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Even as the coronavirus pandemic plunges the U.S. economy into the worst downturn since the Great Depression, some of the wealthiest Americans have seen their collective fortunes increase exponentially, according to a new report.
U.S. billionaires' wealth has grown by $434 billion since March 18, when the majority of the nation shut down to slow the spread of the virus, findings from Americans for Tax Fairness and the Institute for Policy Studies’ Program for Inequality show. The report, released Thursday, is based on Forbes data for America's more than 600 billionaires.
On March 18, the stock market had already dropped about 29 percent from its Feb. 19 peak.
The five wealthiest Americans — Jeff Bezos, Bill Gates, Mark Zuckerberg, Warren Buffett and Larry Elison — saw their combined fortune surge by $75.5 billion, or roughly 19 percent. Together, they represent about 21 percent of the total wealth growth of all 600 billionaires in the last two months.
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The combined net worths of Bezos, the CEO of Amazon, and Zuckerberg, the CEO of Facebook, grew by nearly $60 billion, or 14 percent of the $434 billion.
With millions of Americans stuck at home in an attempt to mitigate the spread of the virus, consumers are increasingly relying on technology for basic needs like groceries.
Amazon shares closed around $2,499 on Thursday, which is up nearly 29 percent from the beginning of 2020, when they were around $1,898 per share. Facebook shares were up about 10 percent on Thursday at $231 per share, an increase from $209 at the year's start.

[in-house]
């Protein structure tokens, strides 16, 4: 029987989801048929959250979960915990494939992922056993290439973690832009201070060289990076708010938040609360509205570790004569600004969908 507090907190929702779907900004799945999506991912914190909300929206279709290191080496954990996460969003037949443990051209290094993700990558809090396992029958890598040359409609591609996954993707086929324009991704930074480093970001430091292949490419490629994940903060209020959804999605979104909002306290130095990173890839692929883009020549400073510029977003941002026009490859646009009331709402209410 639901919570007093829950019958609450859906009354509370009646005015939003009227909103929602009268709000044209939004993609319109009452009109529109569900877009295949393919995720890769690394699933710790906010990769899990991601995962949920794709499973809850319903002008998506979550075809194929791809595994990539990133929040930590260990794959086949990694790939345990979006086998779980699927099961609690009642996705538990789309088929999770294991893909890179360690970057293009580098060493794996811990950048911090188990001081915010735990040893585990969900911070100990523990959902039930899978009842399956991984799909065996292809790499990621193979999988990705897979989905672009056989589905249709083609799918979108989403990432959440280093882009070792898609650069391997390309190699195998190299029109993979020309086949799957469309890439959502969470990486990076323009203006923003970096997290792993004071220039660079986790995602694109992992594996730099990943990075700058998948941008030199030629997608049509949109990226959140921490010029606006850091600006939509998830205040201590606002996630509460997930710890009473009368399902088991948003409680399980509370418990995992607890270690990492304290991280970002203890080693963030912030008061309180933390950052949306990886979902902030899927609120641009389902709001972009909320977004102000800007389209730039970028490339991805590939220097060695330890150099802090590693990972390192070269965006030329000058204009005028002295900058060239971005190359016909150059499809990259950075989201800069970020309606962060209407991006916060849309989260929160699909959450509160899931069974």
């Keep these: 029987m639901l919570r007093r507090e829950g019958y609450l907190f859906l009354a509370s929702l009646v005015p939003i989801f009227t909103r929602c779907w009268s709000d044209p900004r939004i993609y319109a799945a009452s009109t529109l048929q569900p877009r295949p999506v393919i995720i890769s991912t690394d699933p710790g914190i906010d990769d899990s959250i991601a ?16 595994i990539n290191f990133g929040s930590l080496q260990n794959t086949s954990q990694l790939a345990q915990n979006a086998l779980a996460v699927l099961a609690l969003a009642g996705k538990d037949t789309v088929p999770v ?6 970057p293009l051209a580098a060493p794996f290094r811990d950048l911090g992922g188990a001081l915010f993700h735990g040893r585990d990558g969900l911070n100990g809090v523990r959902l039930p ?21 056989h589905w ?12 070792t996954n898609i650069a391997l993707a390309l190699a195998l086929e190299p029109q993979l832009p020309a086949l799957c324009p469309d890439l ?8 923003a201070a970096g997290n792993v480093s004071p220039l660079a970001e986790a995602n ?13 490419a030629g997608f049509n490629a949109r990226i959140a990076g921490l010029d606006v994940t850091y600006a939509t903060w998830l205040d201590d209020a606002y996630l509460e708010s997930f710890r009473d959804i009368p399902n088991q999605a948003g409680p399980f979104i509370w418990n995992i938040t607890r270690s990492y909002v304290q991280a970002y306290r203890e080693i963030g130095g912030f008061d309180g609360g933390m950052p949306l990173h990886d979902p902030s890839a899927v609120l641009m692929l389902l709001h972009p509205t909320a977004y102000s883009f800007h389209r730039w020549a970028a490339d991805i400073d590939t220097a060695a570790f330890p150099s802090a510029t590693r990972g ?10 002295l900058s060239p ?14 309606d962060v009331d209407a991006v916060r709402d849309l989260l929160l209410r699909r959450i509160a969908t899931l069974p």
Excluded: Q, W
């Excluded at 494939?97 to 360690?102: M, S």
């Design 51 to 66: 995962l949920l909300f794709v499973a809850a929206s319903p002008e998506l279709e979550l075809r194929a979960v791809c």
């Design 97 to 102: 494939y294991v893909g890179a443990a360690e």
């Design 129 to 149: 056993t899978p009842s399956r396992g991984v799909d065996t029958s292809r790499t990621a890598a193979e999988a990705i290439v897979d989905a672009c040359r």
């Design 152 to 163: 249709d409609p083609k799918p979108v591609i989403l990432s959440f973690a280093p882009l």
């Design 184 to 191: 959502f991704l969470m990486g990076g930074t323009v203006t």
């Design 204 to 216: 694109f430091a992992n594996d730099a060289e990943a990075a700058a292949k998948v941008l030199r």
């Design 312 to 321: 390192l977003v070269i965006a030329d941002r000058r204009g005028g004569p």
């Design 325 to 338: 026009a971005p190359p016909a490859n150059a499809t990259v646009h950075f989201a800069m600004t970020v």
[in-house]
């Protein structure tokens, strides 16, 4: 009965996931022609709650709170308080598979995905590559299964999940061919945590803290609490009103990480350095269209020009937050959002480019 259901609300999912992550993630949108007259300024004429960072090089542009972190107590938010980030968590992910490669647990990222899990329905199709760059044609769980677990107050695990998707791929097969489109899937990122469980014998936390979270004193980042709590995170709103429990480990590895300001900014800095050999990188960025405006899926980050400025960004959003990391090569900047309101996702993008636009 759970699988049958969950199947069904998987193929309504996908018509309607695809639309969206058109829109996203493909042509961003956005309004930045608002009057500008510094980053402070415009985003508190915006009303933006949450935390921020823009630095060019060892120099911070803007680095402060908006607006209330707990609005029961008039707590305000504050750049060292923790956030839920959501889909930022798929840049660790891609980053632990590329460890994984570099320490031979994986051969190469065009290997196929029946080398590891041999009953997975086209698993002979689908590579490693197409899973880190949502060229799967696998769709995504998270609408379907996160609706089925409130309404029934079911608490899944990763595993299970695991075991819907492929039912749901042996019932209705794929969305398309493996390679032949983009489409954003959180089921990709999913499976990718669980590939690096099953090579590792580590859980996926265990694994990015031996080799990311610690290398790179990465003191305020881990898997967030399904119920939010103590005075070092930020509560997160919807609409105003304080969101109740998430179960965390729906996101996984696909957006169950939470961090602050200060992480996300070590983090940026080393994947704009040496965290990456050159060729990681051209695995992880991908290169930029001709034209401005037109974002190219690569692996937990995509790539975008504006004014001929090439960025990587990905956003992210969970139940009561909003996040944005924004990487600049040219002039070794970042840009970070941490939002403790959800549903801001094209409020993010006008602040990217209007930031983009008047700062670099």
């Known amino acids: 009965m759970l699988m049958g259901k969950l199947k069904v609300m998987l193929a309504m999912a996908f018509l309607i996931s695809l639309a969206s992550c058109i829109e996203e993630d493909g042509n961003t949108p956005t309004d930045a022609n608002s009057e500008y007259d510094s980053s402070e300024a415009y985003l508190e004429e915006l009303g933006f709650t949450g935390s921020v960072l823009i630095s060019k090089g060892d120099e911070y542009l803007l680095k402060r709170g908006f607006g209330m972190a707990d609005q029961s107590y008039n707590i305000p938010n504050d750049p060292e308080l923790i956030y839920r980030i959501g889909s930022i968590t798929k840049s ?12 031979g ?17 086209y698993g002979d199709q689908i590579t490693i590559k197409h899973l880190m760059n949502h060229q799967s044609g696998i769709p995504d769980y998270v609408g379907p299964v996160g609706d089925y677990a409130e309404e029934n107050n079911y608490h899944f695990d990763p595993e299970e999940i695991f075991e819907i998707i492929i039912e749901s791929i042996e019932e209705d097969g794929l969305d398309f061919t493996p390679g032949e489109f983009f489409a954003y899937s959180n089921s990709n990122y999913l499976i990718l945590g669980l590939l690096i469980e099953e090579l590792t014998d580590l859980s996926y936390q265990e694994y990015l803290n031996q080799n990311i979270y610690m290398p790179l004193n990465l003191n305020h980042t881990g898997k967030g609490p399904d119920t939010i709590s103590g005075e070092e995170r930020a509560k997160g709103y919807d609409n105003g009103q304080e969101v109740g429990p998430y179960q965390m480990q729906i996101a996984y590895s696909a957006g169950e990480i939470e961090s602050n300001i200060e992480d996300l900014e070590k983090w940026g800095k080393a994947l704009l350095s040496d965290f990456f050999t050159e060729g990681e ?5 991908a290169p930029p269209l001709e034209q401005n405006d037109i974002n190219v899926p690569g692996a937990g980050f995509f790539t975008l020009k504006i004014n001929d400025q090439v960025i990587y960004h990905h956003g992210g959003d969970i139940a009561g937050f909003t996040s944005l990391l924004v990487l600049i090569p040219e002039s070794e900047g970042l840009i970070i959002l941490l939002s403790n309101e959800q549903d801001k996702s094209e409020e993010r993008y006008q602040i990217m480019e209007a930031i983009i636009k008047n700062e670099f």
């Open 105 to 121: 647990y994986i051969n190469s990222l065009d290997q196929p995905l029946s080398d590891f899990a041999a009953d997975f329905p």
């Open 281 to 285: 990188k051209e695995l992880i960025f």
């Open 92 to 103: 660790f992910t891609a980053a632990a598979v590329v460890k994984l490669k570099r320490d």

Tesla CEO Elon Musk had one of the biggest percentage gains of billionaires; in the course of two months, his net worth surged by 48 percent to $36 billion. Zuckerberg's fortune also increased by one of the biggest percentages, growing by 46.2 percent to $79 billion.
The number of billionaires is also increasing: In March, there were 614 billionaires named on the Forbes list; two months later, that number grew to 630.
During that same time period, the crisis brought the global economy to a near standstill and pushed 38.6 million Americans onto the unemployment roll in just two months, erasing the entirety of the jobs created since the Great Recession more than a decade ago.
“The pandemic has revealed the deadly consequences of America’s yawning wealth gap, and billionaires are the glaring symbol of that economic inequality,” said Frank Clemente, ATF’s executive director.
Not every billionaire has made it out unscathed. Kevin Plank, the founder and chairman of Under Armour, saw his fortune drop by 6.8 percent, or roughly $75 billion, to $1 billion, while Ralph Lauren's fortune fell by $100 billion to $5.6 billion.